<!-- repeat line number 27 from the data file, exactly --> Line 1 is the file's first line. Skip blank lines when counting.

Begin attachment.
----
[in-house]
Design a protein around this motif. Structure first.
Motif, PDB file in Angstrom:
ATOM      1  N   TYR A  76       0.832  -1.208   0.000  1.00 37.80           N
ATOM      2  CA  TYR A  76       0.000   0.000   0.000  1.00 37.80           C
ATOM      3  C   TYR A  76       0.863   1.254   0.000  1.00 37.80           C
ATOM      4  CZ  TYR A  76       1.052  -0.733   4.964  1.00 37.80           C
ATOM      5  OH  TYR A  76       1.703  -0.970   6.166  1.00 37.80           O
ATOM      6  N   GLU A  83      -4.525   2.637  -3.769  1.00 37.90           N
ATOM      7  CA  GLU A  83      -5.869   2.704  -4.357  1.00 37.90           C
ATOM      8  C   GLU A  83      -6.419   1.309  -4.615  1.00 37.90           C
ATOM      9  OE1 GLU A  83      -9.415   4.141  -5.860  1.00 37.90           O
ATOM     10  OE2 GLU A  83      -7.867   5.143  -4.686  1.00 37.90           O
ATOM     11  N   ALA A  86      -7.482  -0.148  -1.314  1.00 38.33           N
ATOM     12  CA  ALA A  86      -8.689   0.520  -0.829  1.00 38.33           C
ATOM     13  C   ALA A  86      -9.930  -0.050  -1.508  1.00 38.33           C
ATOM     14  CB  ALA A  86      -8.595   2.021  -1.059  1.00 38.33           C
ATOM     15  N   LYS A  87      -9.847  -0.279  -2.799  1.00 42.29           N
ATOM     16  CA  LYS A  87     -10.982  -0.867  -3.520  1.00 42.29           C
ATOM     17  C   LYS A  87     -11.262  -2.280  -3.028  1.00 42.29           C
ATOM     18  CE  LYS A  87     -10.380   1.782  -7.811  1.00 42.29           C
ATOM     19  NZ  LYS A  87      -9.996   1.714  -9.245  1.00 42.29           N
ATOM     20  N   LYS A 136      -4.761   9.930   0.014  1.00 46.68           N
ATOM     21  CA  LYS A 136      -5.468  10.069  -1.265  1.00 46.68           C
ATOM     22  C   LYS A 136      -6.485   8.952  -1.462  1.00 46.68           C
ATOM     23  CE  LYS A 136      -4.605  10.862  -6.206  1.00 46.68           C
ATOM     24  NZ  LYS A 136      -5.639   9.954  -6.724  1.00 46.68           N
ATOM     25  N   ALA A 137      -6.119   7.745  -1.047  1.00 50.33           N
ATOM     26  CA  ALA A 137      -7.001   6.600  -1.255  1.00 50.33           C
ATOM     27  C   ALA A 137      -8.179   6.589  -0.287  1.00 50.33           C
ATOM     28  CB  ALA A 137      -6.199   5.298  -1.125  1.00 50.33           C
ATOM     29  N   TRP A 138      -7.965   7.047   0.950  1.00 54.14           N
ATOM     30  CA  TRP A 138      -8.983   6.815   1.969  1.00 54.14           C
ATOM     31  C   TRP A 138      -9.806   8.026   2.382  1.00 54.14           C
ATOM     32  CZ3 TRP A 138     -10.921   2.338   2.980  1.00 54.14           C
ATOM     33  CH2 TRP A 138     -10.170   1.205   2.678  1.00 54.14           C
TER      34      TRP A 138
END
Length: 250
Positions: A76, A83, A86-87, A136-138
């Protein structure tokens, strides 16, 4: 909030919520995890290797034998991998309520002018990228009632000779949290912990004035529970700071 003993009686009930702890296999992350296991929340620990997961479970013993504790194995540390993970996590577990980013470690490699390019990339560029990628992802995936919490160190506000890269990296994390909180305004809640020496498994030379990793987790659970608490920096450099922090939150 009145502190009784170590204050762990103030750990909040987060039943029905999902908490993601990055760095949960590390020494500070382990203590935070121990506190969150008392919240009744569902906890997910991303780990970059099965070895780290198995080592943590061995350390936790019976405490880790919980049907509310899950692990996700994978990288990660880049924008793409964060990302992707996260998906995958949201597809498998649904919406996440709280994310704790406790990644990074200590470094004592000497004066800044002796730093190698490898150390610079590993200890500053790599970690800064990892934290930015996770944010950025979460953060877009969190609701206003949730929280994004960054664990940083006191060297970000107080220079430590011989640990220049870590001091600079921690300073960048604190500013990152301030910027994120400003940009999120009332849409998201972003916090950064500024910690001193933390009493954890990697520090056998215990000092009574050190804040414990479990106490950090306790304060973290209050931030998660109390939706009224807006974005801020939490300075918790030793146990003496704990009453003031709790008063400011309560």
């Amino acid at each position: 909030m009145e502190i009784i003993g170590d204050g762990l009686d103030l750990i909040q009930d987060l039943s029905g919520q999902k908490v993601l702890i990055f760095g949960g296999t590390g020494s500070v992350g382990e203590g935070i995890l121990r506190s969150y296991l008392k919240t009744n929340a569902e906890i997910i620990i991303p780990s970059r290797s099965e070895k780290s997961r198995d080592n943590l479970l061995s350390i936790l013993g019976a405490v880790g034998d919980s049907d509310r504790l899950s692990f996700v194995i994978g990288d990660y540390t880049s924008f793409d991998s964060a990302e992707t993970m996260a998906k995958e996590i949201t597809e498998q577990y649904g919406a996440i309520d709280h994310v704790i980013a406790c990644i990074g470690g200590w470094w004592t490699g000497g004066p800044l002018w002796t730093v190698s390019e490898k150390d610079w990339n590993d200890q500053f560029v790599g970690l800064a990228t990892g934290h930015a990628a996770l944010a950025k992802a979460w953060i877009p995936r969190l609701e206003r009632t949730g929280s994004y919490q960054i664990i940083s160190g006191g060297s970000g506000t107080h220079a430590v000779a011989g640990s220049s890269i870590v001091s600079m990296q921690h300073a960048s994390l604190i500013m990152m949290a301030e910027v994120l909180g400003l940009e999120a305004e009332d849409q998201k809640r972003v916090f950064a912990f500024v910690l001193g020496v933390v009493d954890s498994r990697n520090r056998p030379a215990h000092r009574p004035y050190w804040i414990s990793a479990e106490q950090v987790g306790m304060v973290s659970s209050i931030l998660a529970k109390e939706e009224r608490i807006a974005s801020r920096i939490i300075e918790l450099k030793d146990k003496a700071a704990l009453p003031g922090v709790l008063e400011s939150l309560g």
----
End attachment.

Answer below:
ATOM     24  NZ  LYS A 136      -5.639   9.954  -6.724  1.00 46.68           N